you would like a copy of what I send him please tell me how to email
you or how to get a picture on our Google site.

Clarification of Answer by pafalafa-ga on 24 Dec 2003 16:03 PST
Excellent!  I'm glad I was able to open a door, here, and I hope it
turns out to be a fruitful one.  I've e-mailed Bigli to let them know
they can expect to hear from you...Mr. Kollewijn expects to be back in
the office on January 7th.

If you need any additional information from me, just let me know.
Otherwise, feel free to rate this answer if the spirit moves you, or
to simply sit back and enjoy the holidays.

A happy and prosperous new year to you.  


Clarification of Answer by pafalafa-ga on 07 Jan 2004 07:01 PST
Hello Hartport-ga, and a very happy new year to you.

I just got an email from Mr. Kollewijn, letting me know he's back at
the office, and has a Cavalleri phot ready to put in the mail.

If you haven't contacted him yet, now's the time.


P.S. If you have already contacted Kollewijn, he may not realize that
you and I are esentially the same query, even though I alerted him to
this in my last email to Bigli.

Clarification of Answer by pafalafa-ga on 03 Dec 2006 07:55 PST
By the way, I came across this list of Major Art Movements and Styles
in the History of Art, and I thought you might be interested in it:

History of Art
Major Movements and Styles

Abstract Expressionism 
Academic Art 
American Colonial  
American Regionalism 
American Scene 
Anglo Saxon
Apropriation Art
Art B+A103rut
Art Deco
Art Noveau
Art Populaire
Arte Povera
Arts and Crafts Movement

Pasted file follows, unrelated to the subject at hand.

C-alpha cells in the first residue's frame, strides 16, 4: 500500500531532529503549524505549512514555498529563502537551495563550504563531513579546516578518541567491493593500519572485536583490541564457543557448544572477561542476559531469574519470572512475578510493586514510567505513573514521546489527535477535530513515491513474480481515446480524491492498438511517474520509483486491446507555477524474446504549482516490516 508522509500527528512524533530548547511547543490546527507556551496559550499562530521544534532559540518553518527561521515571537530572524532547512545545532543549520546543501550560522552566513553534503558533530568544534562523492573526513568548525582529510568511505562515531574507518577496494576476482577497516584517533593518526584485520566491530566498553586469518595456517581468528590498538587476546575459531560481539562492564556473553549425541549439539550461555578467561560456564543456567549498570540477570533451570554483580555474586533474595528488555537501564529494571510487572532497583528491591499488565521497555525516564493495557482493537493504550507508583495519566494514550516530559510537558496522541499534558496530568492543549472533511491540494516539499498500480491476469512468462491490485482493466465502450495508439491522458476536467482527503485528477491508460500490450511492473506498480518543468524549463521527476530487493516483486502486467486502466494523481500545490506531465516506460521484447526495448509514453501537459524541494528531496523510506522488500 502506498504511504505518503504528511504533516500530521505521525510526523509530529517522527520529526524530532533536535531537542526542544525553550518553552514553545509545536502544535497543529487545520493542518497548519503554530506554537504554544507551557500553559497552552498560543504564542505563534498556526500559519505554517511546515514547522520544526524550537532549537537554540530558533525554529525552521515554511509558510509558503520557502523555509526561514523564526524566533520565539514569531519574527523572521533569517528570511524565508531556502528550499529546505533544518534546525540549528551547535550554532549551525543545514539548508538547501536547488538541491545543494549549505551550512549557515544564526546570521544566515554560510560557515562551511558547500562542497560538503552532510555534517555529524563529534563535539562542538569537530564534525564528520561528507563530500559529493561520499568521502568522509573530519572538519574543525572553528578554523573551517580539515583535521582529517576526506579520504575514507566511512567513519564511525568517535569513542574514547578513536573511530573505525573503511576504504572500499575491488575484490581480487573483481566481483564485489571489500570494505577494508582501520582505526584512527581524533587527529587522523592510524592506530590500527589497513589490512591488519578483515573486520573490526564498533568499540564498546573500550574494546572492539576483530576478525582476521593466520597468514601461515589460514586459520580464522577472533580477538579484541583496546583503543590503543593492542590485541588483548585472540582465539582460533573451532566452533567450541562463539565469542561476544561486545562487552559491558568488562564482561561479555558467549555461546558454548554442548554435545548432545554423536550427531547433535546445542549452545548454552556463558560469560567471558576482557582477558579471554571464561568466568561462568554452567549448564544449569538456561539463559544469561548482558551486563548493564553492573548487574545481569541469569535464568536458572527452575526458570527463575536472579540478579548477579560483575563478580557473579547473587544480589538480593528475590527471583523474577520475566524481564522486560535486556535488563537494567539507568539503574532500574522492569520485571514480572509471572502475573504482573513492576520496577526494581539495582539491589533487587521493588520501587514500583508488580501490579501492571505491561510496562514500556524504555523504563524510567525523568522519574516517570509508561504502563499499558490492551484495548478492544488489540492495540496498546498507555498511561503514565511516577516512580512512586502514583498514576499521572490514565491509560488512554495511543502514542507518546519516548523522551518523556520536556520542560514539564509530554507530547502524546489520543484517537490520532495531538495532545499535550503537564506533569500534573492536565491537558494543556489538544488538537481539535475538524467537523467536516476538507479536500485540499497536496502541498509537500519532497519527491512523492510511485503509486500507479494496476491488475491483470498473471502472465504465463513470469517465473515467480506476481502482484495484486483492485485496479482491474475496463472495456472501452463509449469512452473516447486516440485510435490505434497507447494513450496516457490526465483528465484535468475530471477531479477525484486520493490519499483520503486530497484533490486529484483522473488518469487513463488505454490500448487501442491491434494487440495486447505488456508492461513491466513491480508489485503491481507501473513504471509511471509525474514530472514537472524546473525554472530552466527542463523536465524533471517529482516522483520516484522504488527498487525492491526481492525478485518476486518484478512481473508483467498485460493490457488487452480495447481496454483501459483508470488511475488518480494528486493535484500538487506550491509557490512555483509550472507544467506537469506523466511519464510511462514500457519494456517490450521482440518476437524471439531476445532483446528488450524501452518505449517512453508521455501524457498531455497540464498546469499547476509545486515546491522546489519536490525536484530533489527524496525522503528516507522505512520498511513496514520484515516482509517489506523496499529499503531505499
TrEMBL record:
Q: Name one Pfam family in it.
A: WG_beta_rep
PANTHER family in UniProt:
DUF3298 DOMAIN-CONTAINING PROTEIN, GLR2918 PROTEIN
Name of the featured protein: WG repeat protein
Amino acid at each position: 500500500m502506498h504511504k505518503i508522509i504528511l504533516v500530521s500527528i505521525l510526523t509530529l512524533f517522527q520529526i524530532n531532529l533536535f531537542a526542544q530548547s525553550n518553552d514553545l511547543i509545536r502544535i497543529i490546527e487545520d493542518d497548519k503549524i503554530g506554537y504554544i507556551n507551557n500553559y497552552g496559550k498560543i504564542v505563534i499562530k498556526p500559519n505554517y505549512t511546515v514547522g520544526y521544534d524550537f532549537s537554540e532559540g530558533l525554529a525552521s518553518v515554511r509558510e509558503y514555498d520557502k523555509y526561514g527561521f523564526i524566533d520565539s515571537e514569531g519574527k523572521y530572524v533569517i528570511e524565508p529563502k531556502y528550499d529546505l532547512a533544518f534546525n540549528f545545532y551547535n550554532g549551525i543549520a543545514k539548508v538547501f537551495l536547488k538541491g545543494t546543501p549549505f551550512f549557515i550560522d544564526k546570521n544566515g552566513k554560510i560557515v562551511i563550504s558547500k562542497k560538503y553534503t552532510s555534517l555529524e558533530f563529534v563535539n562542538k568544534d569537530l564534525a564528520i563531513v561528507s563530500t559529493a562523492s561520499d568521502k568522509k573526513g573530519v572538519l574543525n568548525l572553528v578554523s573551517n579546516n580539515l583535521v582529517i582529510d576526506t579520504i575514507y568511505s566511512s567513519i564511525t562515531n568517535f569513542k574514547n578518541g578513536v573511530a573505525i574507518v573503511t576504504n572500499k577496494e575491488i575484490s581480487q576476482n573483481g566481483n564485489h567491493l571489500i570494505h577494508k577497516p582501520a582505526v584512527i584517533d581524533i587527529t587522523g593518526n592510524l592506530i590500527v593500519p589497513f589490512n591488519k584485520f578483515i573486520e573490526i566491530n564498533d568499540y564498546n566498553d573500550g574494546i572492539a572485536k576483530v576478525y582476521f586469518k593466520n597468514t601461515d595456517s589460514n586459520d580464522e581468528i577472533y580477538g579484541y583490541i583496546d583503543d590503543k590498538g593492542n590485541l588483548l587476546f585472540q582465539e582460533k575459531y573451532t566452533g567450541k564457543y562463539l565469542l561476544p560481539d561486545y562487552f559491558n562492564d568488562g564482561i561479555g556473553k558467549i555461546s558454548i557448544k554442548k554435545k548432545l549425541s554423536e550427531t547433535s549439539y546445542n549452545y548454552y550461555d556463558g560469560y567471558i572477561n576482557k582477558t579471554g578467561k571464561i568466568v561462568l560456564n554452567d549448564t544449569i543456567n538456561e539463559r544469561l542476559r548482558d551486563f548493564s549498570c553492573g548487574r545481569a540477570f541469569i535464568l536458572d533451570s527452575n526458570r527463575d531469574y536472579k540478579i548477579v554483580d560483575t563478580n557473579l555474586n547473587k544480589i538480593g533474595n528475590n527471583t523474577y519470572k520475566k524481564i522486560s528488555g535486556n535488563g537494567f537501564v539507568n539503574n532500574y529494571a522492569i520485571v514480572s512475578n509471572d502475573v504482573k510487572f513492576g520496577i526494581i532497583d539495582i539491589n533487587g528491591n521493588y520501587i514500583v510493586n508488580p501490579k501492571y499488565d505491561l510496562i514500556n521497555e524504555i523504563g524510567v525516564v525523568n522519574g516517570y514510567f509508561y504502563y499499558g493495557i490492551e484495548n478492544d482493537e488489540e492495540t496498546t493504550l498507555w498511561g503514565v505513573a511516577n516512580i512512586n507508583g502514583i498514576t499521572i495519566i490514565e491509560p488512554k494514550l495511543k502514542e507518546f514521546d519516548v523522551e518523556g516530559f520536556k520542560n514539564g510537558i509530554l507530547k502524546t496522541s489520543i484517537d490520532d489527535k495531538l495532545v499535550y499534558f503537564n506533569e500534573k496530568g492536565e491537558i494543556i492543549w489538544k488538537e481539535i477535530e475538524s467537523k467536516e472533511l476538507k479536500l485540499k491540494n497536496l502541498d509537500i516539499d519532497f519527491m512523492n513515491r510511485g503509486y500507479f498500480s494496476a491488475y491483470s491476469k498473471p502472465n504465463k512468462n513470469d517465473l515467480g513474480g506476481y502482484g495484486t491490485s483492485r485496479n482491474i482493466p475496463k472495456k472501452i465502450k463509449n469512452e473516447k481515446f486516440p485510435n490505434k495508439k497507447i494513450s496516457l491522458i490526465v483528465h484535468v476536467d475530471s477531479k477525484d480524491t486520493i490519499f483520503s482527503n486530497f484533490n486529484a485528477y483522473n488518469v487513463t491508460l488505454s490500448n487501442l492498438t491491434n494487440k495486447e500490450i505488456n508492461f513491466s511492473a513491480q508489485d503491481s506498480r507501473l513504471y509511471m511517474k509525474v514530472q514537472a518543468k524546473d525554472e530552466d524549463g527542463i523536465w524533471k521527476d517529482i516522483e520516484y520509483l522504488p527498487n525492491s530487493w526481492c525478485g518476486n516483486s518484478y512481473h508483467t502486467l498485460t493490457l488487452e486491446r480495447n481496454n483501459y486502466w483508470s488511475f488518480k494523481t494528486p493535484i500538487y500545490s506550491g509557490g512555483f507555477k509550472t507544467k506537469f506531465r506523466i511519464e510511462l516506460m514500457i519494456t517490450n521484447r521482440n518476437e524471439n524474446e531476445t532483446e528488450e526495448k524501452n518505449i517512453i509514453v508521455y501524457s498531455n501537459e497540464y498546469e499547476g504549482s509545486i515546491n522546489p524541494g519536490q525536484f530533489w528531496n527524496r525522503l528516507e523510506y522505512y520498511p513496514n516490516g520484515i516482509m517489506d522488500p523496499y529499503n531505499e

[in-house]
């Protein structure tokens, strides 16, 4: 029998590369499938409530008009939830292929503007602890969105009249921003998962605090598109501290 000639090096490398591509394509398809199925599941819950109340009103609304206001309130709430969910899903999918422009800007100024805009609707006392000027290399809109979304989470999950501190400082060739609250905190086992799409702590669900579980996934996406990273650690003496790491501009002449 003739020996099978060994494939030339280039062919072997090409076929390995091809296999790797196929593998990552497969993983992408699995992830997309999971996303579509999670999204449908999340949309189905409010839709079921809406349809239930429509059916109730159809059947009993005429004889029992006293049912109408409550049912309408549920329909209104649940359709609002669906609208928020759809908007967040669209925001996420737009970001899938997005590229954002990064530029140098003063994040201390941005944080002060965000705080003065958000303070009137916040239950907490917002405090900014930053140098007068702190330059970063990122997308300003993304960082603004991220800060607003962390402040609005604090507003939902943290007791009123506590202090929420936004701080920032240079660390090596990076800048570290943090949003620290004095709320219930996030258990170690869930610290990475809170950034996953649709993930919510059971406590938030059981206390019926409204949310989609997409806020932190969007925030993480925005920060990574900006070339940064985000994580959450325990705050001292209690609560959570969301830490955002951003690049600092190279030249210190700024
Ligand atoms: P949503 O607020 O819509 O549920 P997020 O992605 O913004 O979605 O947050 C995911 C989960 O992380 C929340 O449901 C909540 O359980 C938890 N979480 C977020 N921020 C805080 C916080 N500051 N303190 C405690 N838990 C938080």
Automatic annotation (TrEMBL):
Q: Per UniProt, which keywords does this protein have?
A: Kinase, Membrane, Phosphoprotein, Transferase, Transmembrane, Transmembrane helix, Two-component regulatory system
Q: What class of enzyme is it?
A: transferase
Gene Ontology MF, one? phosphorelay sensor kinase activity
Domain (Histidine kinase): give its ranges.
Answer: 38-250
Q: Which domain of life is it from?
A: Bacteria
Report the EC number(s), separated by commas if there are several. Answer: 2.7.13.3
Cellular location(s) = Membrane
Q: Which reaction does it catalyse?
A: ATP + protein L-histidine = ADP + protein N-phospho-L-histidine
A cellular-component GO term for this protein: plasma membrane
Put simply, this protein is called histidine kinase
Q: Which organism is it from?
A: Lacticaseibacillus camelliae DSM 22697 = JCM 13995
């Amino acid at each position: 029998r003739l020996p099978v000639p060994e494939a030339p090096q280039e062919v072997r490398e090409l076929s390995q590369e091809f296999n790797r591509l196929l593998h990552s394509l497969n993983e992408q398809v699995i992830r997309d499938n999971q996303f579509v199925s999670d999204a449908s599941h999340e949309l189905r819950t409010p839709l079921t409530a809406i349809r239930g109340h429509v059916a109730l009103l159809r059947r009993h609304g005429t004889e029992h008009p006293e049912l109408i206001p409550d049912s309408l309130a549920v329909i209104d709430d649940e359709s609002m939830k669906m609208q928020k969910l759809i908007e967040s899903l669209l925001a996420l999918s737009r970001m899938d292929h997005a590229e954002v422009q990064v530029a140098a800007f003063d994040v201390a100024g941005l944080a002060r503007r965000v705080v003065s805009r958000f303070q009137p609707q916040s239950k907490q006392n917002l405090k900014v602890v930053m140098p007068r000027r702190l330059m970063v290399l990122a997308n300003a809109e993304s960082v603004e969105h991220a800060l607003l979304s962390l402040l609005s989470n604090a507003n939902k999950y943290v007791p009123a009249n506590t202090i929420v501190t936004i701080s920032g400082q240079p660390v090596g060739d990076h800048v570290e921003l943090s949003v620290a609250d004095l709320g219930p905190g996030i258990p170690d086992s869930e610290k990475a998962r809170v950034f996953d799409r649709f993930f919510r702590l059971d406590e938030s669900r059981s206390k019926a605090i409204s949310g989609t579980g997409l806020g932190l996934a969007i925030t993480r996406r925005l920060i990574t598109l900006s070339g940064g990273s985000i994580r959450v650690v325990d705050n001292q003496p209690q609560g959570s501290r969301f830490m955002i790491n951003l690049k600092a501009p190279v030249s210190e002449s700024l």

Ashcan School
Belle Epoque
Blaue Reiter 
Body Art
Boston School
British Colonial
Byzantine Art 
Camden Town Group 
Canadian Group Of Seven 
Charles II  
Charles X
Concept / Conceptual Art
Concrete Art
Contemporary Realism 
Craftsman Style
Cubist Realism  
De Stijl
Der Blaue Reiter 
Die Brücke
Die Neue Sachlichkeit 
Doric Revival
Early Christian
Early Renaissance 
Early Renaissance  
Ecole Francaise
En Plein Air
Expressive Realism  
Fantastic Realism  
Far Eastern
Federal: Shaker
Figurative Abstaction  
Figurative Art  
Folk Art
Geometric Abstraction  
George I  
George II  
George III  
George IV
Germ.Express.,Blauer Reiter  
German Romanesque Revival
Golden Age of Illustration 
Gothic Art 
Group Of Seven 
Hard Edge
Harlem Renaissance 
High Renaissance 
Hudson River School 
Japanese Ukiyo-e 
Land Art
Les Nabis 
Livres D'Artistes 
Louis XIII  
Louis XIV  
Louis XVI
Magic Realism  
Mexican Muralist
Naïve Art
Native American
Neue Geo
Neue Sachlichkeit
New Bedford
New Figuration
New Image Painting
New Tendences/90th
New York School
Northern Renaissance
Nouveau Realism  
Old Masters
Op Art 
Outsider Art
Paris School
Pop Art 
Post War/modern
Post-war American
Pre Raphaelite
Pre-raphaelite Brotherhood 
Queen Anne
Regency, Empire
Renaissance, Early 
Renaissance, High 
Renaissance, Northern 
Russian Avantgarde
Sensation Show 
Social Realism
Stieglitz Group
Victorian Classicism 
Willem Iv
Young & Wild (junge Wilde)
hartport-ga rated this answer:5 out of 5 stars and gave an additional tip of: $30.00
What a great experience all the way around.
A spell checker and a way to include digital photos would be helpful.

Subject: Re: Italian Artist Ferdinando Cavalleri (1794-1865)
From: pafalafa-ga on 24 Dec 2003 17:20 PST
Thanks so much for the kind and generous feedback.  Please let us know
how things turn can always post a comment later on when
you've heard back from Bigli.

All the best...